Seattle Could Be the First U.S. City to Institute Congestion Pricing
Once cities give congestion pricing a shot, they never look back.
By putting a price on driving during peak hours on the most congested streets, cities including Singapore, London, and Stockholm have cut traffic, reduced air pollution, funded critical transit improvements, and made streets safer for walking and biking.
In Stockholm, traffic fell 20 percent after congestion pricing was implemented in 2006. A recent study attributed a 50 percent drop in childhood asthma cases to the policy, the Washington Post reports, and researchers project the public health benefit would be larger in the U.S., given our air pollution baseline.
In London, congestion pricing has accelerated dramatic shifts from car travel to transit and cycling. Since the city’s fee went live in 2003, the number of vehicles entering the center city has dropped 44 percent, while the number of people entering increased 23 percent.
But the politics of congestion pricing are tricky — the new tolls stir opposition, while the benefits aren’t immediately apparent until the policy is in effect — and only a handful of cities have enacted it. So far, none of them are in the United States.
Most recently, New York Governor Andrew Cuomo got cold feet and put no weight behind a congestion pricing proposal for New York City crafted by a panel of his appointees. Cuomo and the state legislature ignored most of the panel’s recommendations in their new budget deal.
It’s possible that Seattle might beat New York to the punch. Mayor Jenny Durkan is seriously considering a bid to set up a congestion pricing system, reports David Gutman at the Seattle Times. Durkan said she’d like to have it in place by 2021 — the end of her first term:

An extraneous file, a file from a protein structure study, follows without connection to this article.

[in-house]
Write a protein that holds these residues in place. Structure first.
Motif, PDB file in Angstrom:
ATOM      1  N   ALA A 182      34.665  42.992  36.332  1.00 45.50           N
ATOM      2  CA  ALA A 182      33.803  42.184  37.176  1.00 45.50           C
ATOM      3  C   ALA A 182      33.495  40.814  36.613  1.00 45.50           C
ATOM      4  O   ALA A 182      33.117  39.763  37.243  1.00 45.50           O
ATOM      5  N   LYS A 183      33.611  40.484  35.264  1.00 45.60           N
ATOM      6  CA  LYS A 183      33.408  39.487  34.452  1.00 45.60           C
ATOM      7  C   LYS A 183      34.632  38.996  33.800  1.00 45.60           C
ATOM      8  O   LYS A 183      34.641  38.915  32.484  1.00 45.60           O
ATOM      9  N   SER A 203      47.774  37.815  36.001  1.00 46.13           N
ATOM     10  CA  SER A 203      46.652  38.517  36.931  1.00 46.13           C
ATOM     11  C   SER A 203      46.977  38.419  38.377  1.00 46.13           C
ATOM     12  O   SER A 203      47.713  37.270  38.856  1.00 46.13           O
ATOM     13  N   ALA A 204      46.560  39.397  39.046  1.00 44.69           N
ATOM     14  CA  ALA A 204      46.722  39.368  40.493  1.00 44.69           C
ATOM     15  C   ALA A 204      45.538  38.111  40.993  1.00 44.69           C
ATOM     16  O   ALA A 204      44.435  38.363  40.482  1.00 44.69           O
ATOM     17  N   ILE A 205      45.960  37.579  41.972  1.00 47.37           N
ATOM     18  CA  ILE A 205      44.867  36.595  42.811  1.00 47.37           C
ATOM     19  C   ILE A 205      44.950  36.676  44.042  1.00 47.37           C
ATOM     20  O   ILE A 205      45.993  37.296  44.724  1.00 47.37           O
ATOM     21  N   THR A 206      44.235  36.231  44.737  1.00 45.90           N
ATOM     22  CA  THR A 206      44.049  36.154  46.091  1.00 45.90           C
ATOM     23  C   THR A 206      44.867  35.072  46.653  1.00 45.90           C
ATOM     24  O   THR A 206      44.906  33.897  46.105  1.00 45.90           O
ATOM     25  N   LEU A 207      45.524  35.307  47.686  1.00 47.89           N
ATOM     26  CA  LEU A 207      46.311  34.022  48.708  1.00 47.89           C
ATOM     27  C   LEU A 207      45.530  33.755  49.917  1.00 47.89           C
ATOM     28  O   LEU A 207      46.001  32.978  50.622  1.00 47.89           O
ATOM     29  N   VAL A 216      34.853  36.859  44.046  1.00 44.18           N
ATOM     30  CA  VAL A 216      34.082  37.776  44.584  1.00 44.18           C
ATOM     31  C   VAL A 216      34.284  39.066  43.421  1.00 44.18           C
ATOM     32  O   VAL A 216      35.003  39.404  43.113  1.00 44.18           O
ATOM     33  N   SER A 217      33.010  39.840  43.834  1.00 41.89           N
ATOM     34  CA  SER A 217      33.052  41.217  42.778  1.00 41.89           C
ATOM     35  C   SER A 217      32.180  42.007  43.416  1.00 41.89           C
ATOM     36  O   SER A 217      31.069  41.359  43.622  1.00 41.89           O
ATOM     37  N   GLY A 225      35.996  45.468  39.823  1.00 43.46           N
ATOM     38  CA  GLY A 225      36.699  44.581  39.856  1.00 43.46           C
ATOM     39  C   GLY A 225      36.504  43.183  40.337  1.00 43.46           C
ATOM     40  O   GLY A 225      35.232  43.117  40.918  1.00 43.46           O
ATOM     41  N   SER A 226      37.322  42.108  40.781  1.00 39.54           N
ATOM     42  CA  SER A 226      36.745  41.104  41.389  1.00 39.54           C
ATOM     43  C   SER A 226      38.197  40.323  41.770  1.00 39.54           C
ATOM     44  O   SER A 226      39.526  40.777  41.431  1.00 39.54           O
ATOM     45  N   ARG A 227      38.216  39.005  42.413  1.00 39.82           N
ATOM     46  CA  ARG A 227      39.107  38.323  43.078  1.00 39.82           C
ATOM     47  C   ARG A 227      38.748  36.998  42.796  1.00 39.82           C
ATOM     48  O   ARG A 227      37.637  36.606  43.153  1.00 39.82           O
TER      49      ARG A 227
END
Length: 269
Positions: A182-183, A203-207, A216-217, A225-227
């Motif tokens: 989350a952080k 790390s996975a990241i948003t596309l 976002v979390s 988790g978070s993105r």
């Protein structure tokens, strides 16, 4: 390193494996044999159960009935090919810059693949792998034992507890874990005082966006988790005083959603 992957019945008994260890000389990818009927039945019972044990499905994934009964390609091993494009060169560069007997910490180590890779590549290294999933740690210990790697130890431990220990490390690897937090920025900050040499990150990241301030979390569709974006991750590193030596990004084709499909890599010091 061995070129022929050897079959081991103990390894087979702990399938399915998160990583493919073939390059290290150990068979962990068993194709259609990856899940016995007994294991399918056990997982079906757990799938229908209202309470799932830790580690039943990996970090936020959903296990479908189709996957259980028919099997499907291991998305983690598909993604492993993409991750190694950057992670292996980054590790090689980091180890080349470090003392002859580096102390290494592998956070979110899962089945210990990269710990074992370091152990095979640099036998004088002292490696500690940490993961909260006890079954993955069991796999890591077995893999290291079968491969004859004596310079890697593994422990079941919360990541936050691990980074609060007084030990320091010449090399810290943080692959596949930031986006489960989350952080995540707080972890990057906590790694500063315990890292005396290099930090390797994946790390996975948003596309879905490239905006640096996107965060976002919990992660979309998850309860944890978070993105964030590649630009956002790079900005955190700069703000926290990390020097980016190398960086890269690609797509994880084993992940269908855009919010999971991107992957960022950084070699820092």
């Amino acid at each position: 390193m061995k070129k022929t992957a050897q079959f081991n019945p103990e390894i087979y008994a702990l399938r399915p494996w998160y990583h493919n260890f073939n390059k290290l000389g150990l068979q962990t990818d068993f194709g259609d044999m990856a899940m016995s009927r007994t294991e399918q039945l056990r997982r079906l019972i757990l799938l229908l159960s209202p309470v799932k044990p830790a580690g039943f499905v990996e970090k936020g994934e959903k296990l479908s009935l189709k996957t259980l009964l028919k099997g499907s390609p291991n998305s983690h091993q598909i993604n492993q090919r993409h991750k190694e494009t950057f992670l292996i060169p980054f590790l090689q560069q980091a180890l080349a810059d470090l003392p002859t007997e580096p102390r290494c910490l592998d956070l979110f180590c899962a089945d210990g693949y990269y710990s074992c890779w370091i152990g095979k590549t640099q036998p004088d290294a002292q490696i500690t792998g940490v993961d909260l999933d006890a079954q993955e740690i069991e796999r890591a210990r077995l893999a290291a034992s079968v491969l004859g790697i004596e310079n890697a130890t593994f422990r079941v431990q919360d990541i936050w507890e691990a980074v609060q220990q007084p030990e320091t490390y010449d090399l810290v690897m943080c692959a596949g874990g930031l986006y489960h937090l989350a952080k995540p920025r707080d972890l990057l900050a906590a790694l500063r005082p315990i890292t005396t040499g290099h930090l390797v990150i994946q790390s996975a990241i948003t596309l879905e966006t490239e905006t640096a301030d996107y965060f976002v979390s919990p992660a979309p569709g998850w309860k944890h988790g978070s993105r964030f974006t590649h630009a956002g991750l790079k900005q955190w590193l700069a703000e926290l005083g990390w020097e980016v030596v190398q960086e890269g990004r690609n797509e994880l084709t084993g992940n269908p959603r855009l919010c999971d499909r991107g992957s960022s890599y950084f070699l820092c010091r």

Obviously, we’ve got to work with stakeholders, we have to get through a lot of those things, but I think it makes a lot of sense for us to move to congestion pricing to, one, increase mobility and safety downtown and, two, to really restrict some of those greenhouse gases that are released in the urban corridor.
The details of a plan have yet to be worked out, Durkan said, but she wants to implement a real congestion fee on downtown streets — not just HOT lanes on highways. The revenues, she said, would go toward transit improvements and electric vehicle infrastructure.
Unlike in New York, Seattle could institute congestion pricing without needing to go through the state legislature, Gutman reports. But it would likely require a local referendum.
While Seattle has made significant progress shifting travel from cars to transit, a 2015 poll of voters in the Puget Sound region found that 56 percent opposed congestion pricing, Gutman reports.
That’s in line with pre-congestion pricing public opinion in Stockholm, the only city where congestion pricing has passed in a referendum. At first, most people opposed congestion pricing there too. The key was to institute the system on a trial basis before the vote, so people could experience the benefits first. After the trial, the referendum passed with 52 percent of the vote, and approval shot up to 70 percent within a few years. In cities that have held congestion pricing referendums without a trial period, meanwhile, the votes have gone against it.